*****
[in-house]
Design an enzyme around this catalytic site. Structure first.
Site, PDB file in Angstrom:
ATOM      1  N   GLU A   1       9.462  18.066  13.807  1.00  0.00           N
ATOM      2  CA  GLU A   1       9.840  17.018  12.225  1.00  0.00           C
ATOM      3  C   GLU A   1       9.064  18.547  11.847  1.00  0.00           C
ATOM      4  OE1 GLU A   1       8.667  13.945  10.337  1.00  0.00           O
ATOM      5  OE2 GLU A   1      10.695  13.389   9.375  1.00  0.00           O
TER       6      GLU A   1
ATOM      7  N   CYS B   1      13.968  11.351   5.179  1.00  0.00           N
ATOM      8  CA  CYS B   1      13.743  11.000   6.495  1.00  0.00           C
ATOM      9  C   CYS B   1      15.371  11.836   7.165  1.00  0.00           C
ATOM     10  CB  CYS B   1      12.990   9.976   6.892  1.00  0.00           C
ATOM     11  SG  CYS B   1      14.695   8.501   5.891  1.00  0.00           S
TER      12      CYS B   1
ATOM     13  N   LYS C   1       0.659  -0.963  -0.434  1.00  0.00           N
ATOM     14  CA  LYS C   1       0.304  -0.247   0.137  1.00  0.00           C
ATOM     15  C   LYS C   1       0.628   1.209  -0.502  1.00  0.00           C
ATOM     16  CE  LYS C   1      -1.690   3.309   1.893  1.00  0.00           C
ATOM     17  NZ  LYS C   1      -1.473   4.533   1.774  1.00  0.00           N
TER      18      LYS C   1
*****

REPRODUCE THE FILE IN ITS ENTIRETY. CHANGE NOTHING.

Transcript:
[in-house]
Design an enzyme around this catalytic site. Structure first.
Site, PDB file in Angstrom:
ATOM      1  N   GLU A   1       9.462  18.066  13.807  1.00  0.00           N
ATOM      2  CA  GLU A   1       9.840  17.018  12.225  1.00  0.00           C
ATOM      3  C   GLU A   1       9.064  18.547  11.847  1.00  0.00           C
ATOM      4  OE1 GLU A   1       8.667  13.945  10.337  1.00  0.00           O
ATOM      5  OE2 GLU A   1      10.695  13.389   9.375  1.00  0.00           O
TER       6      GLU A   1
ATOM      7  N   CYS B   1      13.968  11.351   5.179  1.00  0.00           N
ATOM      8  CA  CYS B   1      13.743  11.000   6.495  1.00  0.00           C
ATOM      9  C   CYS B   1      15.371  11.836   7.165  1.00  0.00           C
ATOM     10  CB  CYS B   1      12.990   9.976   6.892  1.00  0.00           C
ATOM     11  SG  CYS B   1      14.695   8.501   5.891  1.00  0.00           S
TER      12      CYS B   1
ATOM     13  N   LYS C   1       0.659  -0.963  -0.434  1.00  0.00           N
ATOM     14  CA  LYS C   1       0.304  -0.247   0.137  1.00  0.00           C
ATOM     15  C   LYS C   1       0.628   1.209  -0.502  1.00  0.00           C
ATOM     16  CE  LYS C   1      -1.690   3.309   1.893  1.00  0.00           C
ATOM     17  NZ  LYS C   1      -1.473   4.533   1.774  1.00  0.00           N
TER      18      LYS C   1